Thursday, January 6, 2011

Shift

Oh we're never gonna survive unless,
we are a little crazy.
-SEAL

Geologists call it 'plate tectonics.' Change that is invisible, yet alters destinies. One epoch your relatives are all in walking distance. The next, an ocean divides you.

The thing we forget about change in our modern day is that adoption is logarithmic. Put another way, the future comes slow, then faster, then....avalanche. And you can't negotiate with an avalanche.

Haven't you touched an iPad yet? That's why the Apple store is now the #1 draw in malls. Don't believe me? How long was the wait last time you wanted to play Angry Birds while the Cinnabon wears off? It's as if the Apple store is what the arcade used to be, except now you're not ashamed to be there with your parents. That's how cool Apple is right now.

And all indications are it will be that way for some time to come. Even the current crop of iPad wannabes yowling for attention at this year's CES show are forced to compare themselves to the iPad, if not overtly, then certainly by borrowing design cues (shiny bouncing icons!) For musicians, this means two things:
  1. iPads and tablet computers are here to stay, will only get faster/cheaper/cooler.
  2. the Apple model of 'apps' is firmly ingrained in our culture, so 'apps' are the future: Subscribers are our future.
We used to call them "patrons." Now we call them "subscribers" or "users." Same concept. Someone likes your work, and wants to support it directly. But more importantly, a patron wants to connect with you.

Yes, we'll still have obligatory websites, and some of us will still post content on YouTube, but the best of us will be working with geeks to develop mobile apps that engage our fans. Lucky for us, these days app developers are a bit like weed dealers: even if you think you don't know somebody directly, you've got a friend that "knows a guy!" Ask around - you'll be surprised.

What's an app going to look like and actually do, though? In it's simplest, it's just a content bundle. Maybe we've shot some footage in the studio and want to present it in a magazine style format. Or exclusive backstage footage. Or concert. Or our blog. Can we find a hundred people who'll pay $1 a month to get in our world? A thousand? Can we produce good work consistently, every month, like those winning kitchens on "Kitchen Nightmares?"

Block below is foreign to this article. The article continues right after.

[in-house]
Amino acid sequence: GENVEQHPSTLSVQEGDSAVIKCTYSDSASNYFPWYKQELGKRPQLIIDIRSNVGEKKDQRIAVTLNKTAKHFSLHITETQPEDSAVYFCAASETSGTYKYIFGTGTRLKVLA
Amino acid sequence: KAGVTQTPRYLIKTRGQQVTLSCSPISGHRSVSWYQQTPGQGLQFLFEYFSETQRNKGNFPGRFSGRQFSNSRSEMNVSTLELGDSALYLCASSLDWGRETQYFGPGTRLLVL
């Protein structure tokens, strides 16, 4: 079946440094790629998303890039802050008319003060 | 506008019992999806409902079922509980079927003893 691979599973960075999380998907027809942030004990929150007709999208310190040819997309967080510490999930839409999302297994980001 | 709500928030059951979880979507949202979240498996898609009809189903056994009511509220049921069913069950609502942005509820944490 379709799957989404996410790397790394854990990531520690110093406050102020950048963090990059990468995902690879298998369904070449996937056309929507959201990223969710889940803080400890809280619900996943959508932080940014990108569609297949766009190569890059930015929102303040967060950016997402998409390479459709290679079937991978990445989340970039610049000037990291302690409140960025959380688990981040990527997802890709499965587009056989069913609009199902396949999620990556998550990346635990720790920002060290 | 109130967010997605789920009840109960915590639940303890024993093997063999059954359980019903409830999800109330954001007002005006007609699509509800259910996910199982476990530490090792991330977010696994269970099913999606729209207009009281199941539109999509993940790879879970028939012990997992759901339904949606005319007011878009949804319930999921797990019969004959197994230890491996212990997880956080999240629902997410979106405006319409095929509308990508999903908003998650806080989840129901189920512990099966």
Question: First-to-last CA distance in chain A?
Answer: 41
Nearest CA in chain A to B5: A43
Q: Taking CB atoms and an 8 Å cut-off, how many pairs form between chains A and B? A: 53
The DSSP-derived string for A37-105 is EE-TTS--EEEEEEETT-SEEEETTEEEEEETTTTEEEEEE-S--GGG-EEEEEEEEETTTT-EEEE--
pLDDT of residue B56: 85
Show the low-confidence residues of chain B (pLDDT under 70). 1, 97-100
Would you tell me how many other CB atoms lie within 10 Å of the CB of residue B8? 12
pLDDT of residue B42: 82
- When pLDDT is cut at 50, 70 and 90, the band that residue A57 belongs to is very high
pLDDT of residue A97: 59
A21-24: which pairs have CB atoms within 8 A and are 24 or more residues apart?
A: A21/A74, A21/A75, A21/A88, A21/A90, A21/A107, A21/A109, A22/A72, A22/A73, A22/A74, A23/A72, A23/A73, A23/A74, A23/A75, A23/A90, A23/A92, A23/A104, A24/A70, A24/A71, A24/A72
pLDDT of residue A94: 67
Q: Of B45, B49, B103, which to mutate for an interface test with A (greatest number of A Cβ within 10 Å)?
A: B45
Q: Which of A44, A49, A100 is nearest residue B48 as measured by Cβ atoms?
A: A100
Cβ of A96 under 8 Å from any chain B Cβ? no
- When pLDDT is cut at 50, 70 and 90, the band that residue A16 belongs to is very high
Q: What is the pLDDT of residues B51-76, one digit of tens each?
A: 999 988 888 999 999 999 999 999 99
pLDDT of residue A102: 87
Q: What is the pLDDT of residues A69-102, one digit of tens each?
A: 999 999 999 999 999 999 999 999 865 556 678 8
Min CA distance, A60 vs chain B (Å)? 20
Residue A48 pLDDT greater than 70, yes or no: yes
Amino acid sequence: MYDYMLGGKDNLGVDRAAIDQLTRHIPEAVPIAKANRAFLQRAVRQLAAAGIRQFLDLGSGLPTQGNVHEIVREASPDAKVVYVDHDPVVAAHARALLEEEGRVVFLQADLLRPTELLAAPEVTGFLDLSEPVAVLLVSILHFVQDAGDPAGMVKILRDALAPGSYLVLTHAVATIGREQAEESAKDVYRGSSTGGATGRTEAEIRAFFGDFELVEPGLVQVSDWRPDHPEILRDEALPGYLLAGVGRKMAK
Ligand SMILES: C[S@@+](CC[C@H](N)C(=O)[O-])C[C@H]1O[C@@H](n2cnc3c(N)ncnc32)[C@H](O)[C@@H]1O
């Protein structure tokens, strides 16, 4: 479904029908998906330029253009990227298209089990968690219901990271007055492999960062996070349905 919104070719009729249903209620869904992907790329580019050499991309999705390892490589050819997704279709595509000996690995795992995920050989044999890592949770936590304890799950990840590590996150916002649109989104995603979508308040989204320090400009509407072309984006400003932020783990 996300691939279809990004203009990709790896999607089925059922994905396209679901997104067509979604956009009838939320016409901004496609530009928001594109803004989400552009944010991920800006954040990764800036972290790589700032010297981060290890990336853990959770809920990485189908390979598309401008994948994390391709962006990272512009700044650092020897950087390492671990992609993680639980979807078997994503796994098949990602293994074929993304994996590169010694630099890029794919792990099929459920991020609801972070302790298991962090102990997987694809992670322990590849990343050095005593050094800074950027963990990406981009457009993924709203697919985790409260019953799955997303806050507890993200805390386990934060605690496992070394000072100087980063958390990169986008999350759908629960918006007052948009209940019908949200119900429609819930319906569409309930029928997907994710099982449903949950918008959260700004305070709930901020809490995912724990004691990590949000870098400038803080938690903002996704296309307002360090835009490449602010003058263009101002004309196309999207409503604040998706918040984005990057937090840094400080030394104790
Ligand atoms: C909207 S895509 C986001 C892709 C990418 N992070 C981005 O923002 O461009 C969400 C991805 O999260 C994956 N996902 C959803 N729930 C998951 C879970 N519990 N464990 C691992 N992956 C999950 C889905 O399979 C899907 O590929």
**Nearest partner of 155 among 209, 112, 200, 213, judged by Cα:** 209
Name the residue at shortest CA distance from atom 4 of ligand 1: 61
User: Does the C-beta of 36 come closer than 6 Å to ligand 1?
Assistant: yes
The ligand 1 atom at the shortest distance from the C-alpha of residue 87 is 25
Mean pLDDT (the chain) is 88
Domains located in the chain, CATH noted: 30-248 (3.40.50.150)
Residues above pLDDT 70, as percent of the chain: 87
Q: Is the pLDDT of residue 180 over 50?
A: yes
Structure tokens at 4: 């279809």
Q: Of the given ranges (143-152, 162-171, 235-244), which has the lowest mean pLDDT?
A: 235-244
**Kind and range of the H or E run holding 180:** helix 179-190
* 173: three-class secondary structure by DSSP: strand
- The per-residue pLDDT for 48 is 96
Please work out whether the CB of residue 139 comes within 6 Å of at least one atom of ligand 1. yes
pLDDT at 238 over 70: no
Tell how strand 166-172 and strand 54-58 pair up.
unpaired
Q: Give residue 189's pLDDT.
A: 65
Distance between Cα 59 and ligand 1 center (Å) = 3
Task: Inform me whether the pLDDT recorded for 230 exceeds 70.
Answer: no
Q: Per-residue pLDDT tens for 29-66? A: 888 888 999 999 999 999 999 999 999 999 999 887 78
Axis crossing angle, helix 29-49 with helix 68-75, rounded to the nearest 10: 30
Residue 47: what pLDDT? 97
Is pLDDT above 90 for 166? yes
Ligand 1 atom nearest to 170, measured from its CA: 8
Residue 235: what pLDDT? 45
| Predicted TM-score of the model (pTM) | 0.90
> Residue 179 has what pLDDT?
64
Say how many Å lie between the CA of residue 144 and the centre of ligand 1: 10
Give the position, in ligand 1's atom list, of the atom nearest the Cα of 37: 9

Are we willing to put in the time? The thousands of hours of sucking at something? The next thousand getting slightly better? And for what? A few hundred bucks a month?

But what happens if we create something as engaging as Angry Birds? What if we manage that terrific feat of being so compelling - so astonishing - that people can't wait to turn on their iPad/Android and join us while their Cinnabon wears off?

For now, I'm just excited this is even possible, much less that it seems our current destiny. But it means we need to change our ways. For instance:
  • The album is dead. It's indulgent. Nobody has time anyway+. People want ala carte singles. (there are exceptions, if you're doing New Age or some kind of ambient where an hour of time is reasonable to ask a listener.)
  • Music is free now, but concert tickets are not. Apps are a vehicle for getting asses in seats.
  • Mashups are sometimes more popular than the songs being repurposed. Participatory culture means our raw tracks are bundled in the app for remixers. This is antithetical to how many of us musicians were trained to relate to our work. It needs to change.
I'm off to play Angry Birds.

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